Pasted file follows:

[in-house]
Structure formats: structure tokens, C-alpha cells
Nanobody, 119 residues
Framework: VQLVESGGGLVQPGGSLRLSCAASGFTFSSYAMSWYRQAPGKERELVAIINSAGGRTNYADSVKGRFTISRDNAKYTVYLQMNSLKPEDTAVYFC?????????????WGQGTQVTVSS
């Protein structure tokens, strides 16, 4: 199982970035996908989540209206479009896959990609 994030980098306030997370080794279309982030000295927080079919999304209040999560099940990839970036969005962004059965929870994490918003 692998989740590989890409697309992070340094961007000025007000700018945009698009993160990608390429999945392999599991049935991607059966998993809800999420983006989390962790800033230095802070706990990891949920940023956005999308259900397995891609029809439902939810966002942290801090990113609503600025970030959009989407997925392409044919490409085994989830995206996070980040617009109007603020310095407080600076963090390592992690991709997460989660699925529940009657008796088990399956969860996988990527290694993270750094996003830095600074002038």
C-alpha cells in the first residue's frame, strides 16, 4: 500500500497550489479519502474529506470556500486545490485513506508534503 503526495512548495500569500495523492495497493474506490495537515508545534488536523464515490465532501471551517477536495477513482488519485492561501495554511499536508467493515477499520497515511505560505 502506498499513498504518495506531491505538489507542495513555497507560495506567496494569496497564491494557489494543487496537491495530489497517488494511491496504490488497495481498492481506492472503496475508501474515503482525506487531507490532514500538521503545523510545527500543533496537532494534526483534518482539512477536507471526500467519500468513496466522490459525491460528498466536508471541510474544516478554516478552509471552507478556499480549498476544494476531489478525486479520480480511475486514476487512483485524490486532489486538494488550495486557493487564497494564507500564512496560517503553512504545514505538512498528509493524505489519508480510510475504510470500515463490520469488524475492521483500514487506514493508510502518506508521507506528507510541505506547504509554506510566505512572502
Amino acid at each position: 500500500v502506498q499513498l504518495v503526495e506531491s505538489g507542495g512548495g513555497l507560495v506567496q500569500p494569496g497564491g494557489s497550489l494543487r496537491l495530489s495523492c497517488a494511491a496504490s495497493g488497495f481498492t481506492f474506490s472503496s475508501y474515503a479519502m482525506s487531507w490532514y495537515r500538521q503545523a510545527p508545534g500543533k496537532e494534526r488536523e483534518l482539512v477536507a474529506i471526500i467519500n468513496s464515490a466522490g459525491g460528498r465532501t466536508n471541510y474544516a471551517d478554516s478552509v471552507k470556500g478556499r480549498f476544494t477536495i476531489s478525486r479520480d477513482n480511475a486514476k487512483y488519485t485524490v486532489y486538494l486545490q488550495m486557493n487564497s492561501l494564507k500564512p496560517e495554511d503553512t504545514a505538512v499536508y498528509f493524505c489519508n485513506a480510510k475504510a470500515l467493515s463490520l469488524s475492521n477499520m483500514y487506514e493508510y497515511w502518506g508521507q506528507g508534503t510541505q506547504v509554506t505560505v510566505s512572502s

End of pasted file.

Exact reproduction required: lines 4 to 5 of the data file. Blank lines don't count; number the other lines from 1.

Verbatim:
Framework: VQLVESGGGLVQPGGSLRLSCAASGFTFSSYAMSWYRQAPGKERELVAIINSAGGRTNYADSVKGRFTISRDNAKYTVYLQMNSLKPEDTAVYFC?????????????WGQGTQVTVSS
């Protein structure tokens, strides 16, 4: 199982970035996908989540209206479009896959990609 994030980098306030997370080794279309982030000295927080079919999304209040999560099940990839970036969005962004059965929870994490918003 692998989740590989890409697309992070340094961007000025007000700018945009698009993160990608390429999945392999599991049935991607059966998993809800999420983006989390962790800033230095802070706990990891949920940023956005999308259900397995891609029809439902939810966002942290801090990113609503600025970030959009989407997925392409044919490409085994989830995206996070980040617009109007603020310095407080600076963090390592992690991709997460989660699925529940009657008796088990399956969860996988990527290694993270750094996003830095600074002038």